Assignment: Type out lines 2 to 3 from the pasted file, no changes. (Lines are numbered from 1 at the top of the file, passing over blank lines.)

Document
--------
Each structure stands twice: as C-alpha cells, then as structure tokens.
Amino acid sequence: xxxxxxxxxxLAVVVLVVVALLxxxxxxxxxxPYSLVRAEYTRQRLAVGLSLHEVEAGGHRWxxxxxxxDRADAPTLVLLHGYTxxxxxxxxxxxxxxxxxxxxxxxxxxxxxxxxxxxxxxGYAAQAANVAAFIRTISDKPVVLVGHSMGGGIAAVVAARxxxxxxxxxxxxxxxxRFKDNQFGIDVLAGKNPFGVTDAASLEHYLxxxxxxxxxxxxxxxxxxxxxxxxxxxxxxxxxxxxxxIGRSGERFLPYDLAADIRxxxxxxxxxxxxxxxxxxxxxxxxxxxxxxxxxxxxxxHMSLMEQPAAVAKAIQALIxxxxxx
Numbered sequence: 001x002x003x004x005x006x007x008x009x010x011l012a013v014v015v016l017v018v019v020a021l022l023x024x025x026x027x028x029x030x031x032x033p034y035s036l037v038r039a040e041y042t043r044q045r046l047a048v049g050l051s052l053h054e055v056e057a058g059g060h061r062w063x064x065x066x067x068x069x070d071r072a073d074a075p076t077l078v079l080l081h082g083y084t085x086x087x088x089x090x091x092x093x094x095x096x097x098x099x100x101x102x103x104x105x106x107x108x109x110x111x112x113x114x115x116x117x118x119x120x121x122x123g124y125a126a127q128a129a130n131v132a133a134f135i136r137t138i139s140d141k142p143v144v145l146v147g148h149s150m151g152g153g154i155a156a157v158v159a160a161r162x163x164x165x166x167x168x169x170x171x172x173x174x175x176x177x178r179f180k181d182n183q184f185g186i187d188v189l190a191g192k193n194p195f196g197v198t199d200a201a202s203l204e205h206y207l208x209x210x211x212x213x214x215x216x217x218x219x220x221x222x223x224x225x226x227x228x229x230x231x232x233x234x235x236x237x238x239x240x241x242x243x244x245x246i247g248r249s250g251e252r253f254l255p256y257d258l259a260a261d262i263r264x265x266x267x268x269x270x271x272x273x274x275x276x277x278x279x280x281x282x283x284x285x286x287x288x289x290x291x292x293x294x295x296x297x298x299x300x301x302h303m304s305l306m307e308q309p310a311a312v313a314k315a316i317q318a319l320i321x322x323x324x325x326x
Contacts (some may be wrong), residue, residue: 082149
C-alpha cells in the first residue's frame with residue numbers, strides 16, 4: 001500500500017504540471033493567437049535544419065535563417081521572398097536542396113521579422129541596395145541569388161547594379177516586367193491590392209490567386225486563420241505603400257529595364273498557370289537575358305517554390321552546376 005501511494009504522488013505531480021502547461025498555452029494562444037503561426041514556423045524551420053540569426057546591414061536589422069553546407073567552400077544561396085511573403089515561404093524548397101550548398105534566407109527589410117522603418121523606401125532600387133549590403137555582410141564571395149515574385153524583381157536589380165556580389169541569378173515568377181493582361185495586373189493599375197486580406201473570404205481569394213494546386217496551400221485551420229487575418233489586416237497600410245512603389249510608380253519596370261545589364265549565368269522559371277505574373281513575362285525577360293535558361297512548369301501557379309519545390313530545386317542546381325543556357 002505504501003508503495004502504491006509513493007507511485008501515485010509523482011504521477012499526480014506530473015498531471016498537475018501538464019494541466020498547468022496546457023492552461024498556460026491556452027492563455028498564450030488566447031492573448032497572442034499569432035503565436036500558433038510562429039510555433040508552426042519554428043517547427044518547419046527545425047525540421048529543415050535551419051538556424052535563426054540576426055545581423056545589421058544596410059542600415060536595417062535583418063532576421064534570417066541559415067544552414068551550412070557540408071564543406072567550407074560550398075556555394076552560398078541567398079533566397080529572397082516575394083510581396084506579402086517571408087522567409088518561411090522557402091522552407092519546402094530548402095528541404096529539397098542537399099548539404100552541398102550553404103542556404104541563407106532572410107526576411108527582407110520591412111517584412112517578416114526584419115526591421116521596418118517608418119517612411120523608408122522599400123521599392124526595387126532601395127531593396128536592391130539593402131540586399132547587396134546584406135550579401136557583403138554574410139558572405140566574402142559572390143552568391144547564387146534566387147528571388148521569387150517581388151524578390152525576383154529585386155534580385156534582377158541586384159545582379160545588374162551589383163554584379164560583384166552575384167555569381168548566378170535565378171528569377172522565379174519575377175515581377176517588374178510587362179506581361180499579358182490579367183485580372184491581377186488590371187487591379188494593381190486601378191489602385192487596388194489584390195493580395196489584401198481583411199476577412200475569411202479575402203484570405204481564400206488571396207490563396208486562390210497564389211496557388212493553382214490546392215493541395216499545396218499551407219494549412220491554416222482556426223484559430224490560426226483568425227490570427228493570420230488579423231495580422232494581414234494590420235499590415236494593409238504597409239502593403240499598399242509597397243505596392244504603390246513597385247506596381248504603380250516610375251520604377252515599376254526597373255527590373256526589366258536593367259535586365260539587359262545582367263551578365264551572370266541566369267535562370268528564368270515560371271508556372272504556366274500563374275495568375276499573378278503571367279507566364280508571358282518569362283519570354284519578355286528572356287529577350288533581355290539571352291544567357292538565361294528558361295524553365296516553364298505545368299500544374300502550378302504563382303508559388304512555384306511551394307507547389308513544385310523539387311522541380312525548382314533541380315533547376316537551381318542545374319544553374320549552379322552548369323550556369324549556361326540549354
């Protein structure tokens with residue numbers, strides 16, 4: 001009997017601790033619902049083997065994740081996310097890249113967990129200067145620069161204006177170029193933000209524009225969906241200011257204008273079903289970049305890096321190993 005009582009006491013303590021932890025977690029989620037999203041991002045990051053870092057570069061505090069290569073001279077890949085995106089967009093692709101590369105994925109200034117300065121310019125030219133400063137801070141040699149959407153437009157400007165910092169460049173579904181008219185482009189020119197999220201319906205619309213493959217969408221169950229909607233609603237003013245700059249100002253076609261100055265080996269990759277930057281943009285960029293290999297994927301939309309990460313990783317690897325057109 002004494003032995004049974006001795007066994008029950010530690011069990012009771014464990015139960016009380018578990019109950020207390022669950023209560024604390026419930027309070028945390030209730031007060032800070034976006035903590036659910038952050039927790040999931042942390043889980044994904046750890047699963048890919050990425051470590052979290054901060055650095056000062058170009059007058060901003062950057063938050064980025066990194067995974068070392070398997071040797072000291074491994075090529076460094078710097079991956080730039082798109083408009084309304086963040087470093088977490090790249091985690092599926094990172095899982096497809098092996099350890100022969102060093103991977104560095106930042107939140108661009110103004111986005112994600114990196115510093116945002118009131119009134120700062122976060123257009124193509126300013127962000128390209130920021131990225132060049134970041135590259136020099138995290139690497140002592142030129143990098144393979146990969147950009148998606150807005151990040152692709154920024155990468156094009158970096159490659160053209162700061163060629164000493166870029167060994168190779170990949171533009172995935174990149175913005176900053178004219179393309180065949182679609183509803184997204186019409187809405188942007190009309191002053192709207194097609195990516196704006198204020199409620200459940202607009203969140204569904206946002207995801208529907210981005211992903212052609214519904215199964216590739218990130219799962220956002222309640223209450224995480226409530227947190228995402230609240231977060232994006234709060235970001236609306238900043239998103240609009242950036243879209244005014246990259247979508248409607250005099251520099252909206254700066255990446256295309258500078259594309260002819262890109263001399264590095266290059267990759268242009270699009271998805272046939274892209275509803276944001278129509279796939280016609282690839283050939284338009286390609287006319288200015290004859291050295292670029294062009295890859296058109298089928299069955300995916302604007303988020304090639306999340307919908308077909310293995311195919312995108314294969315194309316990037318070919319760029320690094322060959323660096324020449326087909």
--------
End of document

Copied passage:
Amino acid sequence: xxxxxxxxxxLAVVVLVVVALLxxxxxxxxxxPYSLVRAEYTRQRLAVGLSLHEVEAGGHRWxxxxxxxDRADAPTLVLLHGYTxxxxxxxxxxxxxxxxxxxxxxxxxxxxxxxxxxxxxxGYAAQAANVAAFIRTISDKPVVLVGHSMGGGIAAVVAARxxxxxxxxxxxxxxxxRFKDNQFGIDVLAGKNPFGVTDAASLEHYLxxxxxxxxxxxxxxxxxxxxxxxxxxxxxxxxxxxxxxIGRSGERFLPYDLAADIRxxxxxxxxxxxxxxxxxxxxxxxxxxxxxxxxxxxxxxHMSLMEQPAAVAKAIQALIxxxxxx
Numbered sequence: 001x002x003x004x005x006x007x008x009x010x011l012a013v014v015v016l017v018v019v020a021l022l023x024x025x026x027x028x029x030x031x032x033p034y035s036l037v038r039a040e041y042t043r044q045r046l047a048v049g050l051s052l053h054e055v056e057a058g059g060h061r062w063x064x065x066x067x068x069x070d071r072a073d074a075p076t077l078v079l080l081h082g083y084t085x086x087x088x089x090x091x092x093x094x095x096x097x098x099x100x101x102x103x104x105x106x107x108x109x110x111x112x113x114x115x116x117x118x119x120x121x122x123g124y125a126a127q128a129a130n131v132a133a134f135i136r137t138i139s140d141k142p143v144v145l146v147g148h149s150m151g152g153g154i155a156a157v158v159a160a161r162x163x164x165x166x167x168x169x170x171x172x173x174x175x176x177x178r179f180k181d182n183q184f185g186i187d188v189l190a191g192k193n194p195f196g197v198t199d200a201a202s203l204e205h206y207l208x209x210x211x212x213x214x215x216x217x218x219x220x221x222x223x224x225x226x227x228x229x230x231x232x233x234x235x236x237x238x239x240x241x242x243x244x245x246i247g248r249s250g251e252r253f254l255p256y257d258l259a260a261d262i263r264x265x266x267x268x269x270x271x272x273x274x275x276x277x278x279x280x281x282x283x284x285x286x287x288x289x290x291x292x293x294x295x296x297x298x299x300x301x302h303m304s305l306m307e308q309p310a311a312v313a314k315a316i317q318a319l320i321x322x323x324x325x326x